His published works include papers and monographs for the Congressional Office of Technology Assessment and the Vietnam Veterans of American Foundation, in addition to over 40 articles written for limited-distribution newsletters and over 60 analytical reports prepared for the Defense Department. He is the author of Kursk: The Battle of Prokhorovka (Aberdeen Books, Sheridan, CO., 2015), America’s Modern Wars: Understanding Iraq, Afghanistan and Vietnam (Casemate Publishers, Philadelphia & Oxford, 2015), War by Numbers: Understanding Conventional Combat (Potomac Books, Lincoln, NE., 2017) , The Battle of Prokhorovka (Stackpole Books, Guilford, CT., 2019), The Battle for Kyiv (Frontline Books, Yorkshire, UK, 2023), Aces at Kursk (Air World, Yorkshire, UK, 2024), Hunting Falcon: The Story of WWI German Ace Hans-Joachim Buddecke (Air World, Yorkshire, UK, 2024) and The Siege of Mariupol (Frontline Books, Yorkshire, UK, 2024).
Mr. Lawrence lives in northern Virginia, near Washington, D.C., with his wife and son.

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One comment

  1. The moment the NATO disbands, Riga, Kiev, Talinn and Vilnius will fall into Russian hands. The governments of many Central European Nations will change their allegiance and political stance. There will be more puppet states and bases than just Latakia.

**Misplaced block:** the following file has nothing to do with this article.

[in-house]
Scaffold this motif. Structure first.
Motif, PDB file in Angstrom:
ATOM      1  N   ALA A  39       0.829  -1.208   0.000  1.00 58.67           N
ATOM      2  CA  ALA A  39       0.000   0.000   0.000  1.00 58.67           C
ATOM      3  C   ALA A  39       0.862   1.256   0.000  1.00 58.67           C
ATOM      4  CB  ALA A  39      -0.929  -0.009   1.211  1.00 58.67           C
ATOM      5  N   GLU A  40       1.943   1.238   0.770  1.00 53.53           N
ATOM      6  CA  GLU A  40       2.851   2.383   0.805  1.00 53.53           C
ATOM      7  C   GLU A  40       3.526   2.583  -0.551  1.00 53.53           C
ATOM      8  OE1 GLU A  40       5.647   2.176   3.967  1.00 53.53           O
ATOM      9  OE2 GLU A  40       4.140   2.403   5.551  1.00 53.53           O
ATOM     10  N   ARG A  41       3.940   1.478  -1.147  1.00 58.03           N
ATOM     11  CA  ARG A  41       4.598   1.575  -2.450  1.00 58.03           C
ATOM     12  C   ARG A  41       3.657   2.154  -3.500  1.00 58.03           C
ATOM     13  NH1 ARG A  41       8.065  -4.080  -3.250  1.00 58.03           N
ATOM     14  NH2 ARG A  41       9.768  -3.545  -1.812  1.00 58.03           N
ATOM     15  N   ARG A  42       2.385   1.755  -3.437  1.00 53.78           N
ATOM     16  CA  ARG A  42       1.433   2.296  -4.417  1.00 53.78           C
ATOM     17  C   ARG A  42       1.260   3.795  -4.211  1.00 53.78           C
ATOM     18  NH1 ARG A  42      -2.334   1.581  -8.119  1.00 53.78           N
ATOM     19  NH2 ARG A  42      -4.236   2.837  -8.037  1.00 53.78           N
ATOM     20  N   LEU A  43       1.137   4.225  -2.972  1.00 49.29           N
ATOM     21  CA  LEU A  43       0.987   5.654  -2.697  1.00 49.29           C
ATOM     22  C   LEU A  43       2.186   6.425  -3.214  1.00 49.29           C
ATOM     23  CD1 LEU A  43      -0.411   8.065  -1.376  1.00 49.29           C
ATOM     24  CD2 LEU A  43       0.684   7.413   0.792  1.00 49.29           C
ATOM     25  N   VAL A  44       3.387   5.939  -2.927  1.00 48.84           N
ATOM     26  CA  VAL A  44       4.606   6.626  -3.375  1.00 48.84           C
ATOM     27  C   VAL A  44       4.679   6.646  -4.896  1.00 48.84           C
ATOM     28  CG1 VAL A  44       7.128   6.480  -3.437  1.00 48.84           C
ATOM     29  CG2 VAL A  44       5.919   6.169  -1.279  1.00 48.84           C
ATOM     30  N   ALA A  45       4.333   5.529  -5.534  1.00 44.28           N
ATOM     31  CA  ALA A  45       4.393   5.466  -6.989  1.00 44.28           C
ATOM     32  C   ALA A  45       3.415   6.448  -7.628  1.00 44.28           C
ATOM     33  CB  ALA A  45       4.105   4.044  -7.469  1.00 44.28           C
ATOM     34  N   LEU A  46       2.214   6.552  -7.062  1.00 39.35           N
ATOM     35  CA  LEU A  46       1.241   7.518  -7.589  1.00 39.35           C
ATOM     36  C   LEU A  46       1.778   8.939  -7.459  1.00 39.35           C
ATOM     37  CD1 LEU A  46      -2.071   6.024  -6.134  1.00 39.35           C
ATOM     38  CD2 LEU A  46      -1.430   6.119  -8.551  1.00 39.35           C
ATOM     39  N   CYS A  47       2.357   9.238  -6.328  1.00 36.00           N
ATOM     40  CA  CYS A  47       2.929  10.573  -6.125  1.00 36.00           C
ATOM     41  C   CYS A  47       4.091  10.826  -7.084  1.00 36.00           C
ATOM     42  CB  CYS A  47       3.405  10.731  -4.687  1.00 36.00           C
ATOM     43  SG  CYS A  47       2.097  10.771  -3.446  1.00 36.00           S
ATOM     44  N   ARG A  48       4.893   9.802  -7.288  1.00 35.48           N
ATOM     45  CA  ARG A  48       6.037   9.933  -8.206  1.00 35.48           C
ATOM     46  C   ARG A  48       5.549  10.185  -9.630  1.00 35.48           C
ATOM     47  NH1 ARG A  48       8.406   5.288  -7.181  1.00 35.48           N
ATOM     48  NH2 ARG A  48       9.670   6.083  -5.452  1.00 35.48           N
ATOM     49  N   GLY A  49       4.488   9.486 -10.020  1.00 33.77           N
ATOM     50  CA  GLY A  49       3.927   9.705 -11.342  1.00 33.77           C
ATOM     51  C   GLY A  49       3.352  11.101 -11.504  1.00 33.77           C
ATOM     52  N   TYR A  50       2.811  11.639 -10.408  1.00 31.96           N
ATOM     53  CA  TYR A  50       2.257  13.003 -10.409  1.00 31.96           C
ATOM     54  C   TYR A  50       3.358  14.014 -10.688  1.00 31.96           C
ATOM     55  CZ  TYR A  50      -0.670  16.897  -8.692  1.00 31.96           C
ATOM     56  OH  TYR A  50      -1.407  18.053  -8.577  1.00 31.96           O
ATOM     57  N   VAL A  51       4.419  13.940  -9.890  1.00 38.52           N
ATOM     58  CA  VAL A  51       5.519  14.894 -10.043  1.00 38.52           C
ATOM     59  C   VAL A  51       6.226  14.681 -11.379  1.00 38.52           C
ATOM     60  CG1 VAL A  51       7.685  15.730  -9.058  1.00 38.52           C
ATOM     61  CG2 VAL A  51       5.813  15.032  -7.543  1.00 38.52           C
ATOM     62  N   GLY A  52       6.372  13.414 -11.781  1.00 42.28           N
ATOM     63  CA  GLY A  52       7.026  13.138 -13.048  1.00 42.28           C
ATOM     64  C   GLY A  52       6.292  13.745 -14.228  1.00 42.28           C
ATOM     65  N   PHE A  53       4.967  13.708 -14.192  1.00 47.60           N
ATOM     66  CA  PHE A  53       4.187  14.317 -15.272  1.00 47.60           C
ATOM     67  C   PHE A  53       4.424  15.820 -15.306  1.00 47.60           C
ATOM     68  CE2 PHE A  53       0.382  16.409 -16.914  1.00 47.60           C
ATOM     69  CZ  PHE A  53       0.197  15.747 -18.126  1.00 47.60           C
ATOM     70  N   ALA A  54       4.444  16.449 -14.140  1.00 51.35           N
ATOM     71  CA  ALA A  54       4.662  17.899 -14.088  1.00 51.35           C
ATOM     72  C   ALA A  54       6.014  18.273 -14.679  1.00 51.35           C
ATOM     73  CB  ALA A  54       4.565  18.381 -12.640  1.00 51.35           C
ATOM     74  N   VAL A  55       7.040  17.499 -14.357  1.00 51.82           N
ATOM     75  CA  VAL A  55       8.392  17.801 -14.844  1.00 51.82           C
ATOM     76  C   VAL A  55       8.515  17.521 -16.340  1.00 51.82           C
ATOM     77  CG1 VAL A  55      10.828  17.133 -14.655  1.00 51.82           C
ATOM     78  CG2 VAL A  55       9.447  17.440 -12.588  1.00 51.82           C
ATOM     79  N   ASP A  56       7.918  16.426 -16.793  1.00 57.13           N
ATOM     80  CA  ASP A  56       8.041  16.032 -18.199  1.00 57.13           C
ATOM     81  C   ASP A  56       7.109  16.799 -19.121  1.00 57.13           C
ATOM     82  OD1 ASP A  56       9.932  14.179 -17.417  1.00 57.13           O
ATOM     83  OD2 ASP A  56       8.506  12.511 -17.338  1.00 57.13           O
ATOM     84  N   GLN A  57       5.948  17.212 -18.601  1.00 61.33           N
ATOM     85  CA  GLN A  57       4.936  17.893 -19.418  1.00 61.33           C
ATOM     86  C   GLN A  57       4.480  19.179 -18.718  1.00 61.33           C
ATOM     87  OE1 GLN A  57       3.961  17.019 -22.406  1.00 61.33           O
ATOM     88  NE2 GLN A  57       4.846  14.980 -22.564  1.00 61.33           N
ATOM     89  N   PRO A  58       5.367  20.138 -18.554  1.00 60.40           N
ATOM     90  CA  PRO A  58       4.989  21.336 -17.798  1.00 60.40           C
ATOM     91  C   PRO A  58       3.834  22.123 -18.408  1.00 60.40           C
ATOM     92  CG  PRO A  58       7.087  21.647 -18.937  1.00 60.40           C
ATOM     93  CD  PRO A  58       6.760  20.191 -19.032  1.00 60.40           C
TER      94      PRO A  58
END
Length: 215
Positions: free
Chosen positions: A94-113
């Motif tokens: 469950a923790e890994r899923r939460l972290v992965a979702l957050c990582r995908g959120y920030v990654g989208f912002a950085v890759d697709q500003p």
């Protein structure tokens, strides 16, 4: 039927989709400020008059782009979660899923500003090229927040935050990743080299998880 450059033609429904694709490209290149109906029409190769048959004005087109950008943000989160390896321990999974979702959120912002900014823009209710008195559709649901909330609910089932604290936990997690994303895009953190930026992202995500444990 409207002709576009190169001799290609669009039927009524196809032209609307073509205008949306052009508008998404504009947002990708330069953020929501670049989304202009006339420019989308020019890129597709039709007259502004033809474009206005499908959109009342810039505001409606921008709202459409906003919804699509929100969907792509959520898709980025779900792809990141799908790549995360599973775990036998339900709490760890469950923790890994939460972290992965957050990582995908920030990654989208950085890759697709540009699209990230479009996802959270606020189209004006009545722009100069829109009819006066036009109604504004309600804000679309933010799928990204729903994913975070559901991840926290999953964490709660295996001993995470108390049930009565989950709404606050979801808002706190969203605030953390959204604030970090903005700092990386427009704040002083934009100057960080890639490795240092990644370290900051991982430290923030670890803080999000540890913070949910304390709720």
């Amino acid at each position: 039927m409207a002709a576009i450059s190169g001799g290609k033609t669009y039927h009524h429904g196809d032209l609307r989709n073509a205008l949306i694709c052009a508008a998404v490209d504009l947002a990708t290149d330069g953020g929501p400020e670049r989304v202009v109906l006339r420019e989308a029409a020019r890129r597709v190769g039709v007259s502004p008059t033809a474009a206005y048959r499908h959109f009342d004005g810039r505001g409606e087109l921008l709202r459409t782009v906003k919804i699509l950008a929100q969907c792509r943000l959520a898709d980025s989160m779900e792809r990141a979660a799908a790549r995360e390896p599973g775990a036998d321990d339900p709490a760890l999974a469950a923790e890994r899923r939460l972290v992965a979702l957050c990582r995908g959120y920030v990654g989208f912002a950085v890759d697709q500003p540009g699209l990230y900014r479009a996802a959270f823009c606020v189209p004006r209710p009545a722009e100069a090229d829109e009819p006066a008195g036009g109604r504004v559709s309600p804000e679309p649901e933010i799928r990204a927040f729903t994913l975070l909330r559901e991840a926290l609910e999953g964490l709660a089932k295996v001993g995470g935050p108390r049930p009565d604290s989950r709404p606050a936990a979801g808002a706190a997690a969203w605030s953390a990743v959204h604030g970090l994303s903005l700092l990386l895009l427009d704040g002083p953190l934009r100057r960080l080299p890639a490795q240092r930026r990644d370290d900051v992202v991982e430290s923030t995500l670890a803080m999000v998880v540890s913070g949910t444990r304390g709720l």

The same people who brandmark the NATO as “obsolete”, demand the expansion of an “Eurasion Union”. These (usually) right or left wing agitators/5th columns and parties are generally (indirectly) financed by the Kremlin itself.
    Poland’s, Turkey’s and South Korea’s spendings are understandable, as they are at the periphery of NATOs shpere of interest. Germany’s and Japan’s expenditures are low due to historical reasons (Japan on the other hand will increase the spending, facing a Chinese menace, potentially dragging USA into another unnecessary pacific conflict).
    The moment Germany is going to raise military expenditures, other European countries will be alarmed and feel uneasy (especially France with a debt of over 94% of their GDP).
    If anything, the USA is the sole guarantor for piece in Western Europe (carrying out the dirty work and still facing criticism from just these ranks).
    Somehow the current situations in Syria and Ukraine remind me of the Spanish Civil War, the “upbeat” to a much larger conflict. Of course the problems are far more complicated and nuanced than the false oversmimplification we are usually presented with (or dichotomy for that matter).
    I fear the only effective weapons are sanctions paired with a low oil price.